Posted: Friday, October 4, 2013, 8:32 am
If "The Adventures of Huckleberry Finn" got together with "The Odyssey," their book baby would be "Navigating Early."
Imagine, if you will, a boy being transplanted from the fields of Kansas to the shores of Maine. Try and picture what it would be like to lose your mother and be transported to boarding school where you know no one. In this new place, everyone knows about boats while all he knows is farming. It doesn't matter that this boy's father is a captain in the Navy. This is a boy who has never seen the ocean. This boy feels adrift in his life, maybe even like he is lost at sea. How is this boy to come to terms with all that he has lost?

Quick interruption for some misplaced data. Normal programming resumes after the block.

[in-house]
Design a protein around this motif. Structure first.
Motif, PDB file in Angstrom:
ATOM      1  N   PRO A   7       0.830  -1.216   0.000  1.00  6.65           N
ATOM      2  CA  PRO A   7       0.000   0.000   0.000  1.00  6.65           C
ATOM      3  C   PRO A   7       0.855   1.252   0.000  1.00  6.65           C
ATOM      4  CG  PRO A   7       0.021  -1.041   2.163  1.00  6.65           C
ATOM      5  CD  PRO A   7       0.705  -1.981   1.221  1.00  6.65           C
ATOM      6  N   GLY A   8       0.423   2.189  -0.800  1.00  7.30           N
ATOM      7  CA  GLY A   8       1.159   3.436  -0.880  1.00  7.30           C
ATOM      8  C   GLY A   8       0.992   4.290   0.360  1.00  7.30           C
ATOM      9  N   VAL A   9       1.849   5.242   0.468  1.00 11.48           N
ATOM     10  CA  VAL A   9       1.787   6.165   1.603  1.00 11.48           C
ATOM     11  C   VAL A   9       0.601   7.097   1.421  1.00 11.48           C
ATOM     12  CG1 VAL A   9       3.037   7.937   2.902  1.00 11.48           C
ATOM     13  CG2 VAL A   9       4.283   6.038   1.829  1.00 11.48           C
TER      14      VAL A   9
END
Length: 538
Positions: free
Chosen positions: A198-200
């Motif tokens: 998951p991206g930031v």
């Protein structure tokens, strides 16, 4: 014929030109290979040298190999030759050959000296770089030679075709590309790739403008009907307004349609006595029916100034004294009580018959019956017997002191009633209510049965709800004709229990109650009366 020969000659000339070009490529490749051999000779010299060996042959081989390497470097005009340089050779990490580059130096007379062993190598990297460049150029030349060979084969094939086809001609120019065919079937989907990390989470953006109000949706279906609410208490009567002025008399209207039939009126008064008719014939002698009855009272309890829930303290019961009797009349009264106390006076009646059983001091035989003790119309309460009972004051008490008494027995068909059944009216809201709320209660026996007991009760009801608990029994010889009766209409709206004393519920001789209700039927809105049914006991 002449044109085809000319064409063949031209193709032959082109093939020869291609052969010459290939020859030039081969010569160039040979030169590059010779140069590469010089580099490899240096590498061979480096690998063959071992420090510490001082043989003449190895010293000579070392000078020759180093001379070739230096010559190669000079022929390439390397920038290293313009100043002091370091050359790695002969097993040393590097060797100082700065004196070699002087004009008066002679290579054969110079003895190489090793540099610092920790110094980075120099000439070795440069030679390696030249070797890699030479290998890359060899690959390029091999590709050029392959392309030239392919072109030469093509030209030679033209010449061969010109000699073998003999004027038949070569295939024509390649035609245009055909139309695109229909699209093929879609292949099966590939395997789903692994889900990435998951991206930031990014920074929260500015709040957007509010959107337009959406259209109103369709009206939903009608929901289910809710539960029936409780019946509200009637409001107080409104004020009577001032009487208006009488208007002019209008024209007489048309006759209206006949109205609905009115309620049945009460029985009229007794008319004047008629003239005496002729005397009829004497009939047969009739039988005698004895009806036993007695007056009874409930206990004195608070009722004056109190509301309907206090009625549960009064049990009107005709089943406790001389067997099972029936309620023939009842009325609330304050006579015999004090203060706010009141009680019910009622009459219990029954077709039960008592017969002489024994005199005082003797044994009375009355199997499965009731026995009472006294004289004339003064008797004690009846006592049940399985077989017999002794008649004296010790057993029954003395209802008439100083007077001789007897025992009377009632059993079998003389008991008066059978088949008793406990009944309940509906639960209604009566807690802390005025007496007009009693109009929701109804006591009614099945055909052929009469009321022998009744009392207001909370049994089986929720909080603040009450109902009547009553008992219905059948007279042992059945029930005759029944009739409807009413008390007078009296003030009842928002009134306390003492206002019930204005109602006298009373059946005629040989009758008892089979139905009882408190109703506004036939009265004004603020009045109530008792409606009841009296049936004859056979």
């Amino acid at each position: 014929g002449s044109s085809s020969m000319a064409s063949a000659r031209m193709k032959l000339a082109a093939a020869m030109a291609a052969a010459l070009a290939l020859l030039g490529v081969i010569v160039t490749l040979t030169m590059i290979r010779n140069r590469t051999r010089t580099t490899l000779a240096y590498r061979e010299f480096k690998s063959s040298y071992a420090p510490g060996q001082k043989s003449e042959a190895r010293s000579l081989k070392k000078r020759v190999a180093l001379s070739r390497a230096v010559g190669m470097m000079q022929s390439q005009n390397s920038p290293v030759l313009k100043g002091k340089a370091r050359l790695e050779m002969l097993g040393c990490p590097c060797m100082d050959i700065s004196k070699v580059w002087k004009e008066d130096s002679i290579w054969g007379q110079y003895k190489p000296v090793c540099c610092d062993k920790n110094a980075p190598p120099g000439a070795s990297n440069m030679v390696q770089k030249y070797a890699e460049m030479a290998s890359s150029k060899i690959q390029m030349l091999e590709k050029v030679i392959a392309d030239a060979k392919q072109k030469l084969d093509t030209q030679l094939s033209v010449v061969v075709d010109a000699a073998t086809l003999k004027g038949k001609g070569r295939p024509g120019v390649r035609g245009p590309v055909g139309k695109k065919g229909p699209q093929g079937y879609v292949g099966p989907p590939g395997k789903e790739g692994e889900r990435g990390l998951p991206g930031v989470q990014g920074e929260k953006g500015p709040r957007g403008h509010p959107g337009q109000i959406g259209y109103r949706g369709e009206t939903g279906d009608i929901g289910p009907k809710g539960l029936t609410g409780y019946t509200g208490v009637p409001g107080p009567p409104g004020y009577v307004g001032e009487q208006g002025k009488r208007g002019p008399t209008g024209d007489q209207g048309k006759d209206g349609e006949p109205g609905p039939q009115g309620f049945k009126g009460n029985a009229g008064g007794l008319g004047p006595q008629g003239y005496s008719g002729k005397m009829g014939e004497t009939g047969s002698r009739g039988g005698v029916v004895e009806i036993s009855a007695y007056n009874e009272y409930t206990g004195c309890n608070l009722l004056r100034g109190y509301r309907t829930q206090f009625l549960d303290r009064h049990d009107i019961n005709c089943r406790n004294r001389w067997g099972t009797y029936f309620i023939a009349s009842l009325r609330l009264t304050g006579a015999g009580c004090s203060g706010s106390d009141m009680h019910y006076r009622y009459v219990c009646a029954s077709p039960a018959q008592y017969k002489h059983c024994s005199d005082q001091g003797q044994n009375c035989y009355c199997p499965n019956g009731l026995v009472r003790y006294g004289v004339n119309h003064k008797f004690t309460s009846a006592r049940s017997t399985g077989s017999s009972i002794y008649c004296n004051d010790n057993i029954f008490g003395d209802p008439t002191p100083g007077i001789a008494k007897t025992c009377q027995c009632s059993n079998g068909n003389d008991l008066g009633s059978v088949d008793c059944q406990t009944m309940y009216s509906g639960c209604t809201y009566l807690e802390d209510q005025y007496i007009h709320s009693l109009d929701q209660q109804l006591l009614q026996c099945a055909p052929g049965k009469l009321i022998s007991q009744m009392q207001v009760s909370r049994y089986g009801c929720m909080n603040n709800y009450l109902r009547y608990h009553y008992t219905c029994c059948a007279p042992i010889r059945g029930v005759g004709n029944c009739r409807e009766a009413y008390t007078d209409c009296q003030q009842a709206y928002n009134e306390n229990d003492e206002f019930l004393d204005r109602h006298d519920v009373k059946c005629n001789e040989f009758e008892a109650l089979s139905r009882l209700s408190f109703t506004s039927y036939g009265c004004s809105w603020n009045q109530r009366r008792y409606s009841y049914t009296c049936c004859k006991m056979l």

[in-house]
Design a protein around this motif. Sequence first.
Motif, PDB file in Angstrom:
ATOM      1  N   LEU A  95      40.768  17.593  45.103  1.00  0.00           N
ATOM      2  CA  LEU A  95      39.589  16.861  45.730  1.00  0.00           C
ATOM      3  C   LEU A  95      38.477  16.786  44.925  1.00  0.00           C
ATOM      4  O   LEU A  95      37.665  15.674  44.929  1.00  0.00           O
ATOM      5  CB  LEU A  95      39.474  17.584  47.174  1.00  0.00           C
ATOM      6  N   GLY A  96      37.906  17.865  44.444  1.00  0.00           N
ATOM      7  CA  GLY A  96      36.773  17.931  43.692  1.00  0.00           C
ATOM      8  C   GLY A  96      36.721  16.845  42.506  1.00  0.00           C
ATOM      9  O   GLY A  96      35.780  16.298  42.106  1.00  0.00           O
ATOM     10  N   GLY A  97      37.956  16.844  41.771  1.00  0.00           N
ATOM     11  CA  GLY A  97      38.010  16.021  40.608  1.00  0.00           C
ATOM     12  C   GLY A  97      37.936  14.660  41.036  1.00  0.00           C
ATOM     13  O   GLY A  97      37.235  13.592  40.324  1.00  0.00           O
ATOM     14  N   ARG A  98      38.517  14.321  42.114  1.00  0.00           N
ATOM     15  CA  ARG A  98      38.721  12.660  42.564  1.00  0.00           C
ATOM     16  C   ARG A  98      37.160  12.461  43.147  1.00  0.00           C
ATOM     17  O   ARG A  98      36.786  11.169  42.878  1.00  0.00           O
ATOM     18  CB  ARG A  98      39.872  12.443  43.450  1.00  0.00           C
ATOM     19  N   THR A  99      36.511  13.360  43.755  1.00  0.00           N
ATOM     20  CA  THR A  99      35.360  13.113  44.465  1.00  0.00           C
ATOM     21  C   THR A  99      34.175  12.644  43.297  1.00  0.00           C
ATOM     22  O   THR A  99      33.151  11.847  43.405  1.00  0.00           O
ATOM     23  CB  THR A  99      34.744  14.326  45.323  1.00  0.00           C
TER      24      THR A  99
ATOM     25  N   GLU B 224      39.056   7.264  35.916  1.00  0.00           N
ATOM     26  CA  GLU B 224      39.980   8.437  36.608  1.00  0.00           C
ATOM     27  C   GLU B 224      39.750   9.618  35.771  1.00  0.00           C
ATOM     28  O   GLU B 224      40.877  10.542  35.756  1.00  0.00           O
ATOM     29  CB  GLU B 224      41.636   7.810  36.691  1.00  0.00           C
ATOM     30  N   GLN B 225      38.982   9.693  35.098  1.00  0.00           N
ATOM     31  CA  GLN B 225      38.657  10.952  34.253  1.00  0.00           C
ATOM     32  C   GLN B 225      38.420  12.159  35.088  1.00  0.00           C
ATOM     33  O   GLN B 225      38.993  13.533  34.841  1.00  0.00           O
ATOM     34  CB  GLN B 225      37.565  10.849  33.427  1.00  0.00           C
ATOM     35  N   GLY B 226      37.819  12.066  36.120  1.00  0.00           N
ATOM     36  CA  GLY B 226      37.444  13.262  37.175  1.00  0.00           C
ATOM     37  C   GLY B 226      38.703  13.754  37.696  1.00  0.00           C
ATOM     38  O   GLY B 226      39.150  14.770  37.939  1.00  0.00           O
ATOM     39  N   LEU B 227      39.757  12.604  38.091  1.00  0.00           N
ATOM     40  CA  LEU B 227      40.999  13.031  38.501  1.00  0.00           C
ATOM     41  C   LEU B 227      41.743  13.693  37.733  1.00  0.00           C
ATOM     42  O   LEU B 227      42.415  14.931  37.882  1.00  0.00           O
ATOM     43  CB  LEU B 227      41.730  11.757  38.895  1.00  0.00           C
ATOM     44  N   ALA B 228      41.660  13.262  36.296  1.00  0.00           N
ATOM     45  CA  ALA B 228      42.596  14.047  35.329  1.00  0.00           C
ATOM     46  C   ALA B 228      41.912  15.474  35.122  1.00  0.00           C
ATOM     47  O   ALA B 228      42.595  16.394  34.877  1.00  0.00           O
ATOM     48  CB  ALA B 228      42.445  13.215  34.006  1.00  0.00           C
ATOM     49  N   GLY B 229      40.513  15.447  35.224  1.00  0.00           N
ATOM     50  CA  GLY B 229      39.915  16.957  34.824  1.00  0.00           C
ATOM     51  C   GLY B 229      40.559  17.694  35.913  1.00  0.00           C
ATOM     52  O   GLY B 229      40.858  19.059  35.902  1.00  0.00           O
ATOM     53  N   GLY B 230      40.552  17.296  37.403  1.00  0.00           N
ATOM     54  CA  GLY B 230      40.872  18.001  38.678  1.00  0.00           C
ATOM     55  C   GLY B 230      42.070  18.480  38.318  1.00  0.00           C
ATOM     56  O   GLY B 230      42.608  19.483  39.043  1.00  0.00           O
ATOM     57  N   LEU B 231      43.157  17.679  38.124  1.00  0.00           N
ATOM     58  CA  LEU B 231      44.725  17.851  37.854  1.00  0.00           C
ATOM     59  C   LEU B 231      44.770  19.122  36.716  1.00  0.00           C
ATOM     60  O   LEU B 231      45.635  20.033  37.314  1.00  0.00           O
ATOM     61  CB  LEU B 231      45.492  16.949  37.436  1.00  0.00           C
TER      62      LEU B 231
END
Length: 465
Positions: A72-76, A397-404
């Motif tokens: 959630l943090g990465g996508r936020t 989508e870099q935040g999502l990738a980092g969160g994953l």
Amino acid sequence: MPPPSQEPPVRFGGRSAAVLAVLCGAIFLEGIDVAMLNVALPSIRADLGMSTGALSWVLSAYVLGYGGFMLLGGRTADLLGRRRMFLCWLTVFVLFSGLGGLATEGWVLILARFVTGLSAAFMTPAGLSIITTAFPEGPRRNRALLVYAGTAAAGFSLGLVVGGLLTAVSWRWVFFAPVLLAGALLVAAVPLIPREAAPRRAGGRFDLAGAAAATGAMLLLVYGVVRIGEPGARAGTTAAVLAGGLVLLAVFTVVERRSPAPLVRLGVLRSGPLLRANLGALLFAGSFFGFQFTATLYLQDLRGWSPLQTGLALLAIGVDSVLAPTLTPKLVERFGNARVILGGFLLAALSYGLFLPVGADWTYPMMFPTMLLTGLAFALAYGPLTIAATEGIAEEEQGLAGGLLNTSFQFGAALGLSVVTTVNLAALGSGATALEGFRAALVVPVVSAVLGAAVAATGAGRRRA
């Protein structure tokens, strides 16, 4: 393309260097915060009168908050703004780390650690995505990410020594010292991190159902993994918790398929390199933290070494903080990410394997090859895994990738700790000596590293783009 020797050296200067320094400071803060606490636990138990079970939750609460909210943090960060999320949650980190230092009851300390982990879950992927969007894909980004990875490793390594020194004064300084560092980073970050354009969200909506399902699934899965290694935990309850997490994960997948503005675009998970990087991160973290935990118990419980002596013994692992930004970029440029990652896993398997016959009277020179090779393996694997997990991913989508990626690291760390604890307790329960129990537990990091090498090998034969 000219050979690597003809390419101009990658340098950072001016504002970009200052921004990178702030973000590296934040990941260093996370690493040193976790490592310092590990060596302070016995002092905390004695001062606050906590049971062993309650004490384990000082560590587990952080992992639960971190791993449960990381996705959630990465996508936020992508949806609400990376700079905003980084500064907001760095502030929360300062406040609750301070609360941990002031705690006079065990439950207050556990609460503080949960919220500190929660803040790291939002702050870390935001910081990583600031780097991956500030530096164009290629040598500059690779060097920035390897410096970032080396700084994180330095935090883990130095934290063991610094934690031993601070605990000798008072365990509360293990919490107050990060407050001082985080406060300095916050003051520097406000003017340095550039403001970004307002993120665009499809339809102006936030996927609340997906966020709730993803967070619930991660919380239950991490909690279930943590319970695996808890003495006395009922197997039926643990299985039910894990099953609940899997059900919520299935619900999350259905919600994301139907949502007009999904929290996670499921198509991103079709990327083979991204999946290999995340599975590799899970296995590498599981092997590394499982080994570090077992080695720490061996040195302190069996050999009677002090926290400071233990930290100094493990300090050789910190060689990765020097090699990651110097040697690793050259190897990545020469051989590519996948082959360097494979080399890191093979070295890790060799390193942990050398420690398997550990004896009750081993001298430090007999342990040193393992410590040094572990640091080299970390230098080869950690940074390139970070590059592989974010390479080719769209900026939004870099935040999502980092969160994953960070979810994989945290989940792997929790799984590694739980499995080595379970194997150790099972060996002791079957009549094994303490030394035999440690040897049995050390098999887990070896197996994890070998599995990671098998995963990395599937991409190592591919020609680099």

Jack (our unlikely hero) is quickly befriended by Early Auden at his new school. Early seems to be on the autism spectrum, but Jack just finds him odd. The character development feels authentic. Jack doesn't like Early right away, but over time begins to trust him and see him as a person who also is also a little lost. Death can be hard to deal with and there is no right way to grieve. There is no one way to do anything in life, although Early thinks his way is always the right way. It is a good story of redemption, friendship and understanding.
This book, by Newbery award winner Clare Vanderpool, is for the middle school reader who likes historical fiction, adventure and a little bit of mystery. I loved the way it was written. This incredible adventure of two boys' quest to find a great black bear leads them to pirates, whales, ghosts and volcanoes.
Navigating Early doesn't just tell the story of two boys who have each lost their way after the death of a family member, it also takes its readers on a magical fairy tale through the numbers of pi. How can the numbers of pi tell a story? You'll just have to read it to find out.